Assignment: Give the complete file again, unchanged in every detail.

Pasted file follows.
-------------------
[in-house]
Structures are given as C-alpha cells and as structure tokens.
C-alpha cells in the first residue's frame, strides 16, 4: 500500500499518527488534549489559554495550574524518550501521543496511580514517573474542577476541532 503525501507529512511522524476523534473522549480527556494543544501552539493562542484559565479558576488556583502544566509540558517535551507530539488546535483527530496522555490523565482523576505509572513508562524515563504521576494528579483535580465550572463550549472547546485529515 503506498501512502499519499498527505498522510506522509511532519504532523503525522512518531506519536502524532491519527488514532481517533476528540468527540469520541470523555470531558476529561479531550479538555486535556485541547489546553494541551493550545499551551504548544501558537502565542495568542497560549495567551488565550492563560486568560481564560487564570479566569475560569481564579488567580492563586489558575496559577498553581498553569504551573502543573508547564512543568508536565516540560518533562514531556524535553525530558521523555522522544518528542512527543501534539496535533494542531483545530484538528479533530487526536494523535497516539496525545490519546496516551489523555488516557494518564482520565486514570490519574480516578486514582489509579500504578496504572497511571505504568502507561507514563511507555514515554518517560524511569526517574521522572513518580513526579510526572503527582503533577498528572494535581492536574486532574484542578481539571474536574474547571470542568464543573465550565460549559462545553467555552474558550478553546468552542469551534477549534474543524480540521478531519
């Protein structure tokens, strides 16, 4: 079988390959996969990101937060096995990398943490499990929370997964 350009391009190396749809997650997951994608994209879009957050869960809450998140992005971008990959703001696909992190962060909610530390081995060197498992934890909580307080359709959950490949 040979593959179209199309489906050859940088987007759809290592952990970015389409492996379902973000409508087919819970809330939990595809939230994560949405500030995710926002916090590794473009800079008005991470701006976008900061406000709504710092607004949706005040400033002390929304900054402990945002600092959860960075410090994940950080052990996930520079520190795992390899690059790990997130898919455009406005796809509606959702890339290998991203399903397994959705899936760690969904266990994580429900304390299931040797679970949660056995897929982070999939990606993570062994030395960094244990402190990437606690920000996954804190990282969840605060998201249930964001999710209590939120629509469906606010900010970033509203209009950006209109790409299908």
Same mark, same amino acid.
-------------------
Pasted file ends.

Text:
[in-house]
Structures are given as C-alpha cells and as structure tokens.
C-alpha cells in the first residue's frame, strides 16, 4: 500500500499518527488534549489559554495550574524518550501521543496511580514517573474542577476541532 503525501507529512511522524476523534473522549480527556494543544501552539493562542484559565479558576488556583502544566509540558517535551507530539488546535483527530496522555490523565482523576505509572513508562524515563504521576494528579483535580465550572463550549472547546485529515 503506498501512502499519499498527505498522510506522509511532519504532523503525522512518531506519536502524532491519527488514532481517533476528540468527540469520541470523555470531558476529561479531550479538555486535556485541547489546553494541551493550545499551551504548544501558537502565542495568542497560549495567551488565550492563560486568560481564560487564570479566569475560569481564579488567580492563586489558575496559577498553581498553569504551573502543573508547564512543568508536565516540560518533562514531556524535553525530558521523555522522544518528542512527543501534539496535533494542531483545530484538528479533530487526536494523535497516539496525545490519546496516551489523555488516557494518564482520565486514570490519574480516578486514582489509579500504578496504572497511571505504568502507561507514563511507555514515554518517560524511569526517574521522572513518580513526579510526572503527582503533577498528572494535581492536574486532574484542578481539571474536574474547571470542568464543573465550565460549559462545553467555552474558550478553546468552542469551534477549534474543524480540521478531519
């Protein structure tokens, strides 16, 4: 079988390959996969990101937060096995990398943490499990929370997964 350009391009190396749809997650997951994608994209879009957050869960809450998140992005971008990959703001696909992190962060909610530390081995060197498992934890909580307080359709959950490949 040979593959179209199309489906050859940088987007759809290592952990970015389409492996379902973000409508087919819970809330939990595809939230994560949405500030995710926002916090590794473009800079008005991470701006976008900061406000709504710092607004949706005040400033002390929304900054402990945002600092959860960075410090994940950080052990996930520079520190795992390899690059790990997130898919455009406005796809509606959702890339290998991203399903397994959705899936760690969904266990994580429900304390299931040797679970949660056995897929982070999939990606993570062994030395960094244990402190990437606690920000996954804190990282969840605060998201249930964001999710209590939120629509469906606010900010970033509203209009950006209109790409299908």
Same mark, same amino acid.